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The proportion of an amount loaned which a lender charges as interest to the borrower, normally expressed as an annual percentage. The interest rate is typically determined by a combination of market forces and monetary policy.

5
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Great set of questions! Here are some ideas: What it is?: An investment that pays the investor a negative interest rate is one where he or she pays X money upfront, and receives $X\cdot(1+r)$ later …
answered Mar 10 '16 by Fix.B.
3
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Good question! It seems that one of the reasons was precisely that inflation did not respond. They kept raising interest rates, hoping it would respond at some point. In fact, nominal interest rate …
answered Apr 23 '16 by Fix.B.
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Yes, in principle, under a gold standard, the central bank can buy more gold, or build a mine and mine it, which increases money supply. This lowers the short run interest rates. But the issue is …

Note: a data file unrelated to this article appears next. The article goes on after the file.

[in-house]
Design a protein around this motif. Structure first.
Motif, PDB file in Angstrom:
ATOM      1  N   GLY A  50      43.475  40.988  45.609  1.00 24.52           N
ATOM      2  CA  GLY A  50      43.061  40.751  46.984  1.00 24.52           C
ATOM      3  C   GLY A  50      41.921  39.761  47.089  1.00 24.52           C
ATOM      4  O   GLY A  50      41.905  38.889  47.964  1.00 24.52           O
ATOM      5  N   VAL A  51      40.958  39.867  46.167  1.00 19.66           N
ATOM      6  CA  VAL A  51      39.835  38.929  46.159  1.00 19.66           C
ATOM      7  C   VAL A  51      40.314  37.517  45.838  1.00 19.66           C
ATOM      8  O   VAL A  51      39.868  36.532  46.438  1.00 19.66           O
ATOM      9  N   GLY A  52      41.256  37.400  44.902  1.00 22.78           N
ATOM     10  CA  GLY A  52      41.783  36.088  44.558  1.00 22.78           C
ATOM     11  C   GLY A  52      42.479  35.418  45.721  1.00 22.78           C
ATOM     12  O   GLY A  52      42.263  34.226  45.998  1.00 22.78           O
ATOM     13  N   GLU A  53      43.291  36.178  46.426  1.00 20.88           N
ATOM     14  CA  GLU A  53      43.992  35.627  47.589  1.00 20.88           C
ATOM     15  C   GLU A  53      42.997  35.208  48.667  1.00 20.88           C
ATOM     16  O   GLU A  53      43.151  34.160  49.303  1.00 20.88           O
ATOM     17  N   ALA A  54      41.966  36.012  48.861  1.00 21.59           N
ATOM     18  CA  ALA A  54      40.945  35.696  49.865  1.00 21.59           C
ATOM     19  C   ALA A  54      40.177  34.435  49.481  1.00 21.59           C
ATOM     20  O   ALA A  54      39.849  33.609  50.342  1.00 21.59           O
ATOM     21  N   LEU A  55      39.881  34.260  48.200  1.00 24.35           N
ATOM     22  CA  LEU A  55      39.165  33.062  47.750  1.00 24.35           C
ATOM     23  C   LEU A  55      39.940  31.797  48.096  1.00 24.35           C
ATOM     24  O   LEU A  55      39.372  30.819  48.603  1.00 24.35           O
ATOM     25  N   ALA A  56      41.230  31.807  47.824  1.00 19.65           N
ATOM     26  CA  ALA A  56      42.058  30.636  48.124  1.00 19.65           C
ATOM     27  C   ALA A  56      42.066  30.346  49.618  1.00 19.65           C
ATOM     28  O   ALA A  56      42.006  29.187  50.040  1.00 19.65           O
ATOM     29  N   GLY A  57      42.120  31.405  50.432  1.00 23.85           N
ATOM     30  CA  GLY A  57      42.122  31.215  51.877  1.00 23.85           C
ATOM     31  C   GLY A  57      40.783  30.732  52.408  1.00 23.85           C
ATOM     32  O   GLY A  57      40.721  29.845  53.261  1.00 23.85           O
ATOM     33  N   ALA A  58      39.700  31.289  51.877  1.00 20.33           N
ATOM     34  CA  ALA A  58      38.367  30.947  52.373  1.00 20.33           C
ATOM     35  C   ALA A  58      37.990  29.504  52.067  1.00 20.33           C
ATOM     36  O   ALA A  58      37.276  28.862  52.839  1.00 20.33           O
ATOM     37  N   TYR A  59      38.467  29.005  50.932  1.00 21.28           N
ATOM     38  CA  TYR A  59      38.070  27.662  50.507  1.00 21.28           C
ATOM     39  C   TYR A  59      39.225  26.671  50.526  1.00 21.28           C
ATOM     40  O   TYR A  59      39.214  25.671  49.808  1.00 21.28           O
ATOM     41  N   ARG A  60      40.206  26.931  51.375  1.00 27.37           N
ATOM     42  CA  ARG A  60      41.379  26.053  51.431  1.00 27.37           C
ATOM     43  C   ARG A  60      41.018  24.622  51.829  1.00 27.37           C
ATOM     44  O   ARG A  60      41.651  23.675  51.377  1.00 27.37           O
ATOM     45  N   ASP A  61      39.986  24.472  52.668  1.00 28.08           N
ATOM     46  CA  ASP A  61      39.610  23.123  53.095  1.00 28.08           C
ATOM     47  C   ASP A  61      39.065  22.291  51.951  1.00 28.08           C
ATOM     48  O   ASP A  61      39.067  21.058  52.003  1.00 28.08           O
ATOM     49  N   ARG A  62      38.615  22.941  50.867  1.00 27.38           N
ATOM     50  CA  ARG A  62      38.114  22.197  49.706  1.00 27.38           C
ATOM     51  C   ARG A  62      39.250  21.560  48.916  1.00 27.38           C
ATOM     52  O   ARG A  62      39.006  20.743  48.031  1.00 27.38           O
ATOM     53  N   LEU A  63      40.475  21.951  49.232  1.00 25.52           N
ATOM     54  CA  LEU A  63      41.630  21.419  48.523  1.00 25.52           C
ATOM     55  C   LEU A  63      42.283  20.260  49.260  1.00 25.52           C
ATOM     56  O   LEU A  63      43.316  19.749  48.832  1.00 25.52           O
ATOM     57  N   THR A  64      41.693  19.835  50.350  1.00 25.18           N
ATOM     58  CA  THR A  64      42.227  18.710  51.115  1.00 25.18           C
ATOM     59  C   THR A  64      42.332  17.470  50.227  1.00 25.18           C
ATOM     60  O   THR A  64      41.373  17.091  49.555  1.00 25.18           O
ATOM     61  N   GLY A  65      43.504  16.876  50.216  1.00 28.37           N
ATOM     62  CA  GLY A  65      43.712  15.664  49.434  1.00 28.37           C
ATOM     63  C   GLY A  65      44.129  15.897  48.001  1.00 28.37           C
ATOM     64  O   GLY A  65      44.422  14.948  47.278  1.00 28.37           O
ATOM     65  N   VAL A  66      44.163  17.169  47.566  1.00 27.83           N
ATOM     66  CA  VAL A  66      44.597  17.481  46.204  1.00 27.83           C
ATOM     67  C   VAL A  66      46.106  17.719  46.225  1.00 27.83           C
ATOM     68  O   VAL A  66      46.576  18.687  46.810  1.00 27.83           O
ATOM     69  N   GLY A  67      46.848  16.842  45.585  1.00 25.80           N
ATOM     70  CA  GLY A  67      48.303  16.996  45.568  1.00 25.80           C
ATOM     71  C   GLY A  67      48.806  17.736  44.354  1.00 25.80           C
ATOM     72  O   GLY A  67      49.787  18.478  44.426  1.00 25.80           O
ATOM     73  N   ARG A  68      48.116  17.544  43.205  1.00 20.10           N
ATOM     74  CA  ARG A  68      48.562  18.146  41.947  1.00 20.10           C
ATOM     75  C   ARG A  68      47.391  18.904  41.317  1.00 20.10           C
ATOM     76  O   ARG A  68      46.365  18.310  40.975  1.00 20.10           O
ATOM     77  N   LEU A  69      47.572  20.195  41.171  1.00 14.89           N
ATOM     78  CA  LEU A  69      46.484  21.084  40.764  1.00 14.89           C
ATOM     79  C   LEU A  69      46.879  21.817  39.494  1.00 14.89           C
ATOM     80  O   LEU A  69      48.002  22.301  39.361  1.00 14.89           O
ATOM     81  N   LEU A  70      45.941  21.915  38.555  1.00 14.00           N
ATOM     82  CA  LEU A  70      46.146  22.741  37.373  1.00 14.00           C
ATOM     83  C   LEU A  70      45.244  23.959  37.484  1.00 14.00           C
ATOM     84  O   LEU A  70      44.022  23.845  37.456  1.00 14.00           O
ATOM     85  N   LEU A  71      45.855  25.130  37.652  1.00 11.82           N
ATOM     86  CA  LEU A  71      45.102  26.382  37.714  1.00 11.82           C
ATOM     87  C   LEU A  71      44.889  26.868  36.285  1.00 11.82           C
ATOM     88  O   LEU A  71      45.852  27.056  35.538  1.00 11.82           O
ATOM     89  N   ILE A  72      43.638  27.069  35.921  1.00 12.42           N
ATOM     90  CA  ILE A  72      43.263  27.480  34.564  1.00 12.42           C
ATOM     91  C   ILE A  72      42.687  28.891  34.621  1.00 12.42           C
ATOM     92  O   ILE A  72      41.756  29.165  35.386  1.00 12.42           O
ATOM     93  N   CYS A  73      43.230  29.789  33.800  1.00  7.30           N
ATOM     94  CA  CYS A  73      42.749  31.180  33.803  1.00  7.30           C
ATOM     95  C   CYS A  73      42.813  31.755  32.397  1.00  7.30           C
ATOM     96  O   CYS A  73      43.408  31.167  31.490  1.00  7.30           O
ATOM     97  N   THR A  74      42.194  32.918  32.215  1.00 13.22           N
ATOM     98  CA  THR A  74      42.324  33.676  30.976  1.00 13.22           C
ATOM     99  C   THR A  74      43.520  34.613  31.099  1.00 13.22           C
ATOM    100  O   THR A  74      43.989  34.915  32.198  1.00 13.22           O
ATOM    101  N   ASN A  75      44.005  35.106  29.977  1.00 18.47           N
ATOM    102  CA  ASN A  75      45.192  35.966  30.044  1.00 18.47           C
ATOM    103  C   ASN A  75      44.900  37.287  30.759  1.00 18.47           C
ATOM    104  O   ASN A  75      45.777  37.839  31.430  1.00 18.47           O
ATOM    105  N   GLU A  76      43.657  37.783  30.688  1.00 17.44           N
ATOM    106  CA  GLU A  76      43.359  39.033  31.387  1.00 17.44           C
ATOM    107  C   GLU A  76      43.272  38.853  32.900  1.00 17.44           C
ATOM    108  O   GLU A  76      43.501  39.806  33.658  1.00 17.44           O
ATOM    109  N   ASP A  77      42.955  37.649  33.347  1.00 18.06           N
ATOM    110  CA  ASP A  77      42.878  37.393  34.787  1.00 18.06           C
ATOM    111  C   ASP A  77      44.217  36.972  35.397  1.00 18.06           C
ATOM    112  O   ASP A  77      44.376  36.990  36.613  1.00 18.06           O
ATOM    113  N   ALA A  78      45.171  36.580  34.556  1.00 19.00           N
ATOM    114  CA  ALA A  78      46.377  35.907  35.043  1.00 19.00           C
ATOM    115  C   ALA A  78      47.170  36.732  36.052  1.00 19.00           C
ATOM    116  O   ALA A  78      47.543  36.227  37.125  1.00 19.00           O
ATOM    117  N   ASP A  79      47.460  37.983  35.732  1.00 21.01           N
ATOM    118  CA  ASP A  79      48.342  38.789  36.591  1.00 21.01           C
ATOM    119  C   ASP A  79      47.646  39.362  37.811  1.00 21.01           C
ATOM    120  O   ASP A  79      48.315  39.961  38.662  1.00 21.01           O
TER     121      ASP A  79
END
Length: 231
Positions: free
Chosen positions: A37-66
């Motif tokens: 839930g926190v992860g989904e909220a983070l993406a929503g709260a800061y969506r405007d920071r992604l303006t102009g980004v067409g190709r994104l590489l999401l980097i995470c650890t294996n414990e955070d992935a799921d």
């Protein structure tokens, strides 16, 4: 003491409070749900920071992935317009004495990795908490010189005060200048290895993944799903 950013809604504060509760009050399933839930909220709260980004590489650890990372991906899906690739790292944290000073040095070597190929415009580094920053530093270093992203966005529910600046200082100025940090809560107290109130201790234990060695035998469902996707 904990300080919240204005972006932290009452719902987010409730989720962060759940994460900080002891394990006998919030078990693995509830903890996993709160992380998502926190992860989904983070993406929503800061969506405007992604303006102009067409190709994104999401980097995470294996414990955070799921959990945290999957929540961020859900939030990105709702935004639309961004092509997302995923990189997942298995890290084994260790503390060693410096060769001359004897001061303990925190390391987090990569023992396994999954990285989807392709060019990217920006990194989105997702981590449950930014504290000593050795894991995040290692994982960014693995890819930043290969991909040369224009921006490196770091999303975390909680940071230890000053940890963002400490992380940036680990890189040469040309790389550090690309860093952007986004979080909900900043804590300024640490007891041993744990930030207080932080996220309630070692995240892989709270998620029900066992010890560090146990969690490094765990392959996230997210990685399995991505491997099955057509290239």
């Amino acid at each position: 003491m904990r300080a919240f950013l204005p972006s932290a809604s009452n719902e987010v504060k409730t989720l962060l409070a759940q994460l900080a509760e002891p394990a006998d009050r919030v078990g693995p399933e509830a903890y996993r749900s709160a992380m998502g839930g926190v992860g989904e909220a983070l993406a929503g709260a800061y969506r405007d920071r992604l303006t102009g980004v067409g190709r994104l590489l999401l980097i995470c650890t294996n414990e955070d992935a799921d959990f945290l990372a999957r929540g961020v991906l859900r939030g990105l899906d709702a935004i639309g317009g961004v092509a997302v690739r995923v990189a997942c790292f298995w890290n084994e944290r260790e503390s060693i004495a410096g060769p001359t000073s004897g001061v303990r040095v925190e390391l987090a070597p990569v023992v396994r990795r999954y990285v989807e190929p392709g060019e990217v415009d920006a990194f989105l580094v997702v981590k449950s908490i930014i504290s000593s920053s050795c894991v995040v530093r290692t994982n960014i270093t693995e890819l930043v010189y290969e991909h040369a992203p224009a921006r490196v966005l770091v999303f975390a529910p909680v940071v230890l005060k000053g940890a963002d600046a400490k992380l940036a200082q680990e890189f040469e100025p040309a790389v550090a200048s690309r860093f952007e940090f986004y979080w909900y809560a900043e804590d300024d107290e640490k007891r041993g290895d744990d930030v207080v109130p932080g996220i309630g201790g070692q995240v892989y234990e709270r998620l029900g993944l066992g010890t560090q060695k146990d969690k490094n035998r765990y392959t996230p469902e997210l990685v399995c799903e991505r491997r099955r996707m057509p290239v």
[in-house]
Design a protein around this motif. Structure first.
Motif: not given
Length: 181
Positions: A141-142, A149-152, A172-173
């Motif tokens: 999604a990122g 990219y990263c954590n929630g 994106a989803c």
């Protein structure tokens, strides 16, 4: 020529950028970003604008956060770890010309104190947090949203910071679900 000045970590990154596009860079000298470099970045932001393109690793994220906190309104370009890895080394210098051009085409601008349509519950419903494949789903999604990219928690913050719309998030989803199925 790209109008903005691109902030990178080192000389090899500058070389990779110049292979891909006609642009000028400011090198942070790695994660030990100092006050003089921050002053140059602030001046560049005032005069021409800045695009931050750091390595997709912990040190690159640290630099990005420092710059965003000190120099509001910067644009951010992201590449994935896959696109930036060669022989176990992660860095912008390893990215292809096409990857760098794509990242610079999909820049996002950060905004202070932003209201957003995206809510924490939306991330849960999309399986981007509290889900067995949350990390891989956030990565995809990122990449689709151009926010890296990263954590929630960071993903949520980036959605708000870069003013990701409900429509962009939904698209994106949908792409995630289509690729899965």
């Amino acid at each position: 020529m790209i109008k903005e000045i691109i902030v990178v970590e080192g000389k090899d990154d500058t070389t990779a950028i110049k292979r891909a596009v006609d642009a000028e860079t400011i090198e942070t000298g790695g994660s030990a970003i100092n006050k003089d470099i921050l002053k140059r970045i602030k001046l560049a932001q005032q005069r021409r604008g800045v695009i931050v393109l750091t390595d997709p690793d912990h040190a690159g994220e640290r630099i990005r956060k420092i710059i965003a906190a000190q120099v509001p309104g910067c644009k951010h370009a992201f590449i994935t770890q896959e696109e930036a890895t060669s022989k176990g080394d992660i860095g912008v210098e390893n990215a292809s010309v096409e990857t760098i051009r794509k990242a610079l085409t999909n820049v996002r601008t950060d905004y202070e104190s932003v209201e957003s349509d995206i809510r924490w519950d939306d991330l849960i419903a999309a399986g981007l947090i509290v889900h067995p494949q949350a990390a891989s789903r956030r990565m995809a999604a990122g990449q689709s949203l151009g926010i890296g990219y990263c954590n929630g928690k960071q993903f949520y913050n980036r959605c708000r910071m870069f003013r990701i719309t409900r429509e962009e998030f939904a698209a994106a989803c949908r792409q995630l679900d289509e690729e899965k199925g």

answered Apr 23 '16 by Fix.B.
3
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Good question! But difficult to answer. A) Typically, economists think of most interest rates as being set by markets. Under that assumption, you can't change rates by themselves because the market w …
answered Apr 5 '16 by Fix.B.
1
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For interest rates, the theory(spelled out as the Fisher equation) is that there are two components to the nominal interest rate. These are the real interest rate and the expected inflation. The real …
answered Mar 30 '16 by Fix.B.
1
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There are many possible monetary policy channels. These channels are the different ways that changes in the Fed's interest rates can affect the economy: exchange rate depreciations, business investmen …
asked Apr 26 '16 by Fix.B.